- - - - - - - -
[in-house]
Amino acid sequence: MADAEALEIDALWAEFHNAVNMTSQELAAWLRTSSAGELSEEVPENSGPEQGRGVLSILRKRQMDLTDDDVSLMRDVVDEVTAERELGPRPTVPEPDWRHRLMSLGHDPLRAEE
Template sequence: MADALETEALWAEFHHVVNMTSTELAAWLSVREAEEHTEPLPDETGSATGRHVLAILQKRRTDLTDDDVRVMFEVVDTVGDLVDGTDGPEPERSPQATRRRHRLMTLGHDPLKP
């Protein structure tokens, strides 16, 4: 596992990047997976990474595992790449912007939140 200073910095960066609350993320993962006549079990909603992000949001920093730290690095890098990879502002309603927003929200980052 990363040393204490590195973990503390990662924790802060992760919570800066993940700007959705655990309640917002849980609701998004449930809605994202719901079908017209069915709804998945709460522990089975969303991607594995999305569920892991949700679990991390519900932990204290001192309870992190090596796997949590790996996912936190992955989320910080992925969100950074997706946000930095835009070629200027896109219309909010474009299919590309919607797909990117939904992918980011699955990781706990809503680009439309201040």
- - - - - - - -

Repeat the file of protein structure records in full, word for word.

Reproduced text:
[in-house]
Amino acid sequence: MADAEALEIDALWAEFHNAVNMTSQELAAWLRTSSAGELSEEVPENSGPEQGRGVLSILRKRQMDLTDDDVSLMRDVVDEVTAERELGPRPTVPEPDWRHRLMSLGHDPLRAEE
Template sequence: MADALETEALWAEFHHVVNMTSTELAAWLSVREAEEHTEPLPDETGSATGRHVLAILQKRRTDLTDDDVRVMFEVVDTVGDLVDGTDGPEPERSPQATRRRHRLMTLGHDPLKP
């Protein structure tokens, strides 16, 4: 596992990047997976990474595992790449912007939140 200073910095960066609350993320993962006549079990909603992000949001920093730290690095890098990879502002309603927003929200980052 990363040393204490590195973990503390990662924790802060992760919570800066993940700007959705655990309640917002849980609701998004449930809605994202719901079908017209069915709804998945709460522990089975969303991607594995999305569920892991949700679990991390519900932990204290001192309870992190090596796997949590790996996912936190992955989320910080992925969100950074997706946000930095835009070629200027896109219309909010474009299919590309919607797909990117939904992918980011699955990781706990809503680009439309201040």